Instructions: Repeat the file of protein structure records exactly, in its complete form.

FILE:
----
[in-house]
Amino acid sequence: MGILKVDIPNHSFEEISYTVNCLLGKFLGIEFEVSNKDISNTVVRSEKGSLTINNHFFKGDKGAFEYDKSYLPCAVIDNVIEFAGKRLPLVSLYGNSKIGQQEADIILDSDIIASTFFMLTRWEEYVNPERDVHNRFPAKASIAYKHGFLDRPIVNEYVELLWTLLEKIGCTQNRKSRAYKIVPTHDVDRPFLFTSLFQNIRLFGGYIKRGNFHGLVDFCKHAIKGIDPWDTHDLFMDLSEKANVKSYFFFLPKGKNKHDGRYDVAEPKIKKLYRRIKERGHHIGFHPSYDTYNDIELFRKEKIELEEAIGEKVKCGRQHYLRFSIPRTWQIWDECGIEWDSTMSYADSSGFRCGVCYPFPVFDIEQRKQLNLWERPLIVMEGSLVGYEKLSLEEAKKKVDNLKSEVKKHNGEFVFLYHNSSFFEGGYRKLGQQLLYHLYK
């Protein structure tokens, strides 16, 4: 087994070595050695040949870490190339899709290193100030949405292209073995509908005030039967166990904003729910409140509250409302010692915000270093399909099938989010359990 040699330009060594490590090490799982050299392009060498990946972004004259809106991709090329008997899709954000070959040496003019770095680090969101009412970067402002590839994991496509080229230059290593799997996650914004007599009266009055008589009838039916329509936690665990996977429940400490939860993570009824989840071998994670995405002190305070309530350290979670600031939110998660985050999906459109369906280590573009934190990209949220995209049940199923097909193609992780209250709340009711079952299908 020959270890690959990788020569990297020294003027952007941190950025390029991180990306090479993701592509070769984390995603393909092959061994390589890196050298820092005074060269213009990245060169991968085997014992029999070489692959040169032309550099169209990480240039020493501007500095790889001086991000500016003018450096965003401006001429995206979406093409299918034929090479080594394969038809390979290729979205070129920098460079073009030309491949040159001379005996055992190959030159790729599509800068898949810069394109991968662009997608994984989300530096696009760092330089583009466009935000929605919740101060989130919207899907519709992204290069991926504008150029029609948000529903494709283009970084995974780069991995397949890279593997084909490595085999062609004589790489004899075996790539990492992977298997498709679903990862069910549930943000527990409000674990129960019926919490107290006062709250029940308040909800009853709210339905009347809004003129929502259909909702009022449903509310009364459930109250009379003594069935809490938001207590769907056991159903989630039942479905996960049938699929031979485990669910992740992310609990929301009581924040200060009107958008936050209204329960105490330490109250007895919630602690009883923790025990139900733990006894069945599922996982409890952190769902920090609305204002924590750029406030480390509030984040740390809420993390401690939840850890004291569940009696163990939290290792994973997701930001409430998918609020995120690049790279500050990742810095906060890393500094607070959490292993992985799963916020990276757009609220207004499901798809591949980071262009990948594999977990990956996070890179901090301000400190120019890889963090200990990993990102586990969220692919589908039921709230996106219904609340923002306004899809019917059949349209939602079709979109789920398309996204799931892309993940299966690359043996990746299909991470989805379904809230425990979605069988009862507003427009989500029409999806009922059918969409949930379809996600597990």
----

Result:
[in-house]
Amino acid sequence: MGILKVDIPNHSFEEISYTVNCLLGKFLGIEFEVSNKDISNTVVRSEKGSLTINNHFFKGDKGAFEYDKSYLPCAVIDNVIEFAGKRLPLVSLYGNSKIGQQEADIILDSDIIASTFFMLTRWEEYVNPERDVHNRFPAKASIAYKHGFLDRPIVNEYVELLWTLLEKIGCTQNRKSRAYKIVPTHDVDRPFLFTSLFQNIRLFGGYIKRGNFHGLVDFCKHAIKGIDPWDTHDLFMDLSEKANVKSYFFFLPKGKNKHDGRYDVAEPKIKKLYRRIKERGHHIGFHPSYDTYNDIELFRKEKIELEEAIGEKVKCGRQHYLRFSIPRTWQIWDECGIEWDSTMSYADSSGFRCGVCYPFPVFDIEQRKQLNLWERPLIVMEGSLVGYEKLSLEEAKKKVDNLKSEVKKHNGEFVFLYHNSSFFEGGYRKLGQQLLYHLYK
């Protein structure tokens, strides 16, 4: 087994070595050695040949870490190339899709290193100030949405292209073995509908005030039967166990904003729910409140509250409302010692915000270093399909099938989010359990 040699330009060594490590090490799982050299392009060498990946972004004259809106991709090329008997899709954000070959040496003019770095680090969101009412970067402002590839994991496509080229230059290593799997996650914004007599009266009055008589009838039916329509936690665990996977429940400490939860993570009824989840071998994670995405002190305070309530350290979670600031939110998660985050999906459109369906280590573009934190990209949220995209049940199923097909193609992780209250709340009711079952299908 020959270890690959990788020569990297020294003027952007941190950025390029991180990306090479993701592509070769984390995603393909092959061994390589890196050298820092005074060269213009990245060169991968085997014992029999070489692959040169032309550099169209990480240039020493501007500095790889001086991000500016003018450096965003401006001429995206979406093409299918034929090479080594394969038809390979290729979205070129920098460079073009030309491949040159001379005996055992190959030159790729599509800068898949810069394109991968662009997608994984989300530096696009760092330089583009466009935000929605919740101060989130919207899907519709992204290069991926504008150029029609948000529903494709283009970084995974780069991995397949890279593997084909490595085999062609004589790489004899075996790539990492992977298997498709679903990862069910549930943000527990409000674990129960019926919490107290006062709250029940308040909800009853709210339905009347809004003129929502259909909702009022449903509310009364459930109250009379003594069935809490938001207590769907056991159903989630039942479905996960049938699929031979485990669910992740992310609990929301009581924040200060009107958008936050209204329960105490330490109250007895919630602690009883923790025990139900733990006894069945599922996982409890952190769902920090609305204002924590750029406030480390509030984040740390809420993390401690939840850890004291569940009696163990939290290792994973997701930001409430998918609020995120690049790279500050990742810095906060890393500094607070959490292993992985799963916020990276757009609220207004499901798809591949980071262009990948594999977990990956996070890179901090301000400190120019890889963090200990990993990102586990969220692919589908039921709230996106219904609340923002306004899809019917059949349209939602079709979109789920398309996204799931892309993940299966690359043996990746299909991470989805379904809230425990979605069988009862507003427009989500029409999806009922059918969409949930379809996600597990």